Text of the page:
ED CENTRAL: Student Loan Bankruptcy Servicer Seeks Its Own Special Bankruptcy Exemption
Career College Central Summary:
The proposed sale between troubled Corinthian Colleges and the Education Credit Management Corporation (ECMC), a student loan debt collection agency, is full of sad ironies. Here’s a company that makes its money by collecting on defaulted student loans buying most of a college chain that produces about 20,000 defaulters a year. Meanwhile, the Education Department is getting Corinthian to only forgive as much student loan debt as a bunch of Occupy Wall Street folks already did on their own this year.
Now we have another twist—a company whose special role involves fighting student loan borrowers tooth and nail from discharging their loans in bankruptcy is asking Congress for special treatment in Chapter 11.
According to multiple sources, ECMC is asking Congress to make a special change to the rules that govern a college’s eligibility for federal student aid once it declares bankruptcy. Under current law, a bankrupt college is no longer considered to be an institution of higher education, a change that immediately triggers its loss of federal student aid. While we do not know exactly why ECMC is pursuing this exemption for Corinthian, it presumably would help the sale still go through if Corinthian cannot stay solvent until the deal closes. It also might stop creditors from going after Corinthian and further insulate ECMC from the troubled for-profit college chain.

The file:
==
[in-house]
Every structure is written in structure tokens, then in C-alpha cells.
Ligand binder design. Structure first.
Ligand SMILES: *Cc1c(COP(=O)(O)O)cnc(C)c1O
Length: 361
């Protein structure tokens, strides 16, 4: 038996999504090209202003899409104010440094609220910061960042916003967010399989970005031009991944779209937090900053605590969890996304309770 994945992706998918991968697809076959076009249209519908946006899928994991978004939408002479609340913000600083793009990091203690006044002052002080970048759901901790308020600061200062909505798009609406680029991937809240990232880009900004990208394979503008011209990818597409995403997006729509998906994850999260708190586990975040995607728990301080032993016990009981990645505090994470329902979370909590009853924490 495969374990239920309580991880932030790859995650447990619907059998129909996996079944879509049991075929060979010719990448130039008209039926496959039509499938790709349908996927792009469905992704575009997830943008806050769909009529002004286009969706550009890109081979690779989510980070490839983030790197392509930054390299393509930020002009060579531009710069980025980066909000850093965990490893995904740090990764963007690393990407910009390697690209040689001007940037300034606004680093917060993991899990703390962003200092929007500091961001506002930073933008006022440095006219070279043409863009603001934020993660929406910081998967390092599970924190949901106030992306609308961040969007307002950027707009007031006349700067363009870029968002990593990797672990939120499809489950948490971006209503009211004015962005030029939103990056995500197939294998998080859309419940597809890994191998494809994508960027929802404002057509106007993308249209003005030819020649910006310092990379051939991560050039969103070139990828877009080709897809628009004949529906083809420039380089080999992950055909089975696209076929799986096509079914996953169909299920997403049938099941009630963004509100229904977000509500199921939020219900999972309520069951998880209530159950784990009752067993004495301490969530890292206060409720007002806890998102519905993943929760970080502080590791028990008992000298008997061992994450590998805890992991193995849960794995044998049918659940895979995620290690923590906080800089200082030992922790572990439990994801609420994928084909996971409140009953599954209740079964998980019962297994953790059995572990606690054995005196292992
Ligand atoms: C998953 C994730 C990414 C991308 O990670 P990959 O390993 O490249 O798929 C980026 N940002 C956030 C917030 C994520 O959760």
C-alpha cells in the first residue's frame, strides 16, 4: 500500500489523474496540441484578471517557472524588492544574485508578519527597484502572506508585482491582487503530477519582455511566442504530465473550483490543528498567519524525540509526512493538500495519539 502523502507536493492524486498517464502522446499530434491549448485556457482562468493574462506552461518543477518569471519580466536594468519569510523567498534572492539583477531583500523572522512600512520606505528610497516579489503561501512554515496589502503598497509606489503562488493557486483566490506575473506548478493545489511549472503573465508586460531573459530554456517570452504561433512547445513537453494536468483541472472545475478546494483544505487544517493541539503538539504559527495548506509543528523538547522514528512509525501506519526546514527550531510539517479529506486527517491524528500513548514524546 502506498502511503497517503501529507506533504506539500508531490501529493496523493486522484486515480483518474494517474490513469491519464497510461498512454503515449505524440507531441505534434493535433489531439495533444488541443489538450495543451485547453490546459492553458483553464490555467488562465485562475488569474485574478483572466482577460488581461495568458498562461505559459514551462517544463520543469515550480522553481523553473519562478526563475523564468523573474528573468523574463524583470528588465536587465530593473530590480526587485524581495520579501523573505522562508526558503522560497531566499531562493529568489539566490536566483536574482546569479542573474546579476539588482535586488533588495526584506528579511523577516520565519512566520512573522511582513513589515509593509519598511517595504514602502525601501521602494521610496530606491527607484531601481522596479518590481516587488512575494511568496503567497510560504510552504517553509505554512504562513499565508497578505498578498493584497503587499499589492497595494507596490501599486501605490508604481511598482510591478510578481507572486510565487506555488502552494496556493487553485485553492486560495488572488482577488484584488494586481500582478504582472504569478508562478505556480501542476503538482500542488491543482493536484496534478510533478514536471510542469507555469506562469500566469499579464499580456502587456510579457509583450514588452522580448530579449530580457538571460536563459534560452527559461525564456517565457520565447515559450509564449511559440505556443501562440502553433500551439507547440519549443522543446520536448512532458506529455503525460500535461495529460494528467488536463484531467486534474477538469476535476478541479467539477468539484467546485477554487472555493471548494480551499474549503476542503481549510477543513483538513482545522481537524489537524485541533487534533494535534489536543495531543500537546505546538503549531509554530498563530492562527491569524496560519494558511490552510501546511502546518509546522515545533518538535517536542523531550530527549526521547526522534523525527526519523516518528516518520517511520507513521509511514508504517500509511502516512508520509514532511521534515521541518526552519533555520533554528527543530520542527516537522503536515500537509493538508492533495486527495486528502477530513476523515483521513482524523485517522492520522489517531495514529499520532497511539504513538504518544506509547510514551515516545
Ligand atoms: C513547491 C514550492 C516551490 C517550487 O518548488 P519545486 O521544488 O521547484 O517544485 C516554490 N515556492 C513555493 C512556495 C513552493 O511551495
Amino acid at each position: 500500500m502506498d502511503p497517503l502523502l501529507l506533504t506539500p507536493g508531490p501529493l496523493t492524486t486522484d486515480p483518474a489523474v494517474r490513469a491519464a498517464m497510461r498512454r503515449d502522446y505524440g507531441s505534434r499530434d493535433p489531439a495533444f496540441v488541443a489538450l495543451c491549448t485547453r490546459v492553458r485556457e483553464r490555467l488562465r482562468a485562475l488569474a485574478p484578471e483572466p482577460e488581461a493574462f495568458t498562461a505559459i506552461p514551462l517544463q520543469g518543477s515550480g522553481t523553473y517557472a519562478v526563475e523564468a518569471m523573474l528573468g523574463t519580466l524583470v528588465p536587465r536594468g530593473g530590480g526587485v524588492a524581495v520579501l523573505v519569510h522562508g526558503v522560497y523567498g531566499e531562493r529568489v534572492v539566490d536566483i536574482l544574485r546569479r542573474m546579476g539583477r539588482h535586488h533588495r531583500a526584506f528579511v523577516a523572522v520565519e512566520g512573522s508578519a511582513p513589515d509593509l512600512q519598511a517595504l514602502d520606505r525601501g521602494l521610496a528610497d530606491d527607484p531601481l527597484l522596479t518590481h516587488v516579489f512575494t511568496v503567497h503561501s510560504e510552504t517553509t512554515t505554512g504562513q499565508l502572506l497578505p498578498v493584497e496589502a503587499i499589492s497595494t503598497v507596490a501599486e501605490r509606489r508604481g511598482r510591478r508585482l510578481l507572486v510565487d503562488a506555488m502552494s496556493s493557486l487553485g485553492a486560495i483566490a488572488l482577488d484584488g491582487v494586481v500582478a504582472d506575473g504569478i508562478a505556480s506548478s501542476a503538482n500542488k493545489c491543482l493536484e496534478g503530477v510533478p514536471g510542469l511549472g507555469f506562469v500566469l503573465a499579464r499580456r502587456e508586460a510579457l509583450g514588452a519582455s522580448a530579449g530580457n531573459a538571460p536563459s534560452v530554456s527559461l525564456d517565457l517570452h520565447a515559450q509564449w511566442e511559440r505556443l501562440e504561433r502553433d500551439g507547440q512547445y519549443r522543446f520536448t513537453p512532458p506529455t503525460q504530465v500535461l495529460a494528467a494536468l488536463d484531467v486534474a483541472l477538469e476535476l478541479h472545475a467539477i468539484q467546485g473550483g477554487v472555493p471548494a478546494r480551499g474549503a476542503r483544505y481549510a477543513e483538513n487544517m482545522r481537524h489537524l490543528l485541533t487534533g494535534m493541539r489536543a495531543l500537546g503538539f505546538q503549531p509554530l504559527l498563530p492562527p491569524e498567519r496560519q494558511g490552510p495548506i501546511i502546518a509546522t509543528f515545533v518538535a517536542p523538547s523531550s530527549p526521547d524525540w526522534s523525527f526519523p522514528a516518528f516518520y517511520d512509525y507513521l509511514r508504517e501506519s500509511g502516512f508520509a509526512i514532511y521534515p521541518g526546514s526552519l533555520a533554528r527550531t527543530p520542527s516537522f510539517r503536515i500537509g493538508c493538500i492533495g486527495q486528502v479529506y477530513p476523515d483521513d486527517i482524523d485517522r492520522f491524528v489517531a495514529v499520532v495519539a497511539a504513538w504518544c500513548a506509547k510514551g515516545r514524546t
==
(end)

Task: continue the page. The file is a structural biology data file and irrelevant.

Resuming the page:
Denying bankrupt colleges access to federal student aid makes a lot of sense. An institution in this situation is extremely fragile financially, increasing the risk that further aid dollars could get wasted or that students will take on debt at a campus that is likely closing. In fact, a fair case can be made that these financial viability considerations are the only real form of accountability in higher education, since monetary problems, not educational issues, are almost always the cause of colleges losing accreditation and closing.
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